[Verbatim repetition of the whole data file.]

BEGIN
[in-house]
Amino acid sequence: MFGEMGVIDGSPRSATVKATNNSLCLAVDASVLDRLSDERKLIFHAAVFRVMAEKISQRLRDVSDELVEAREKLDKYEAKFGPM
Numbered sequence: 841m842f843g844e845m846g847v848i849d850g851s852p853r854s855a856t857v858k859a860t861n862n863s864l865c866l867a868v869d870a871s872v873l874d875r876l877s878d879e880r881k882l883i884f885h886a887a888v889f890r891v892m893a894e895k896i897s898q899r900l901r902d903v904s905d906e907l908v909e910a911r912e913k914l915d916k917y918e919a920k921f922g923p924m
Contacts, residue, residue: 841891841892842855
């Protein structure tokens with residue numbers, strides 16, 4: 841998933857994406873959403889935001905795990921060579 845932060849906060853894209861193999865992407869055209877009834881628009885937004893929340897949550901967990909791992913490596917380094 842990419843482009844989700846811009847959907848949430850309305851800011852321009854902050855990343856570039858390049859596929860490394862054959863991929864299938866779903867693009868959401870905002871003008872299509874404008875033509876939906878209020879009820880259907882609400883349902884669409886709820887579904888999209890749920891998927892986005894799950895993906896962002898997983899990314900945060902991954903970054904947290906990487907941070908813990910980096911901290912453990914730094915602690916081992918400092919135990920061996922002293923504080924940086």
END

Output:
[in-house]
Amino acid sequence: MFGEMGVIDGSPRSATVKATNNSLCLAVDASVLDRLSDERKLIFHAAVFRVMAEKISQRLRDVSDELVEAREKLDKYEAKFGPM
Numbered sequence: 841m842f843g844e845m846g847v848i849d850g851s852p853r854s855a856t857v858k859a860t861n862n863s864l865c866l867a868v869d870a871s872v873l874d875r876l877s878d879e880r881k882l883i884f885h886a887a888v889f890r891v892m893a894e895k896i897s898q899r900l901r902d903v904s905d906e907l908v909e910a911r912e913k914l915d916k917y918e919a920k921f922g923p924m
Contacts, residue, residue: 841891841892842855
């Protein structure tokens with residue numbers, strides 16, 4: 841998933857994406873959403889935001905795990921060579 845932060849906060853894209861193999865992407869055209877009834881628009885937004893929340897949550901967990909791992913490596917380094 842990419843482009844989700846811009847959907848949430850309305851800011852321009854902050855990343856570039858390049859596929860490394862054959863991929864299938866779903867693009868959401870905002871003008872299509874404008875033509876939906878209020879009820880259907882609400883349902884669409886709820887579904888999209890749920891998927892986005894799950895993906896962002898997983899990314900945060902991954903970054904947290906990487907941070908813990910980096911901290912453990914730094915602690916081992918400092919135990920061996922002293923504080924940086």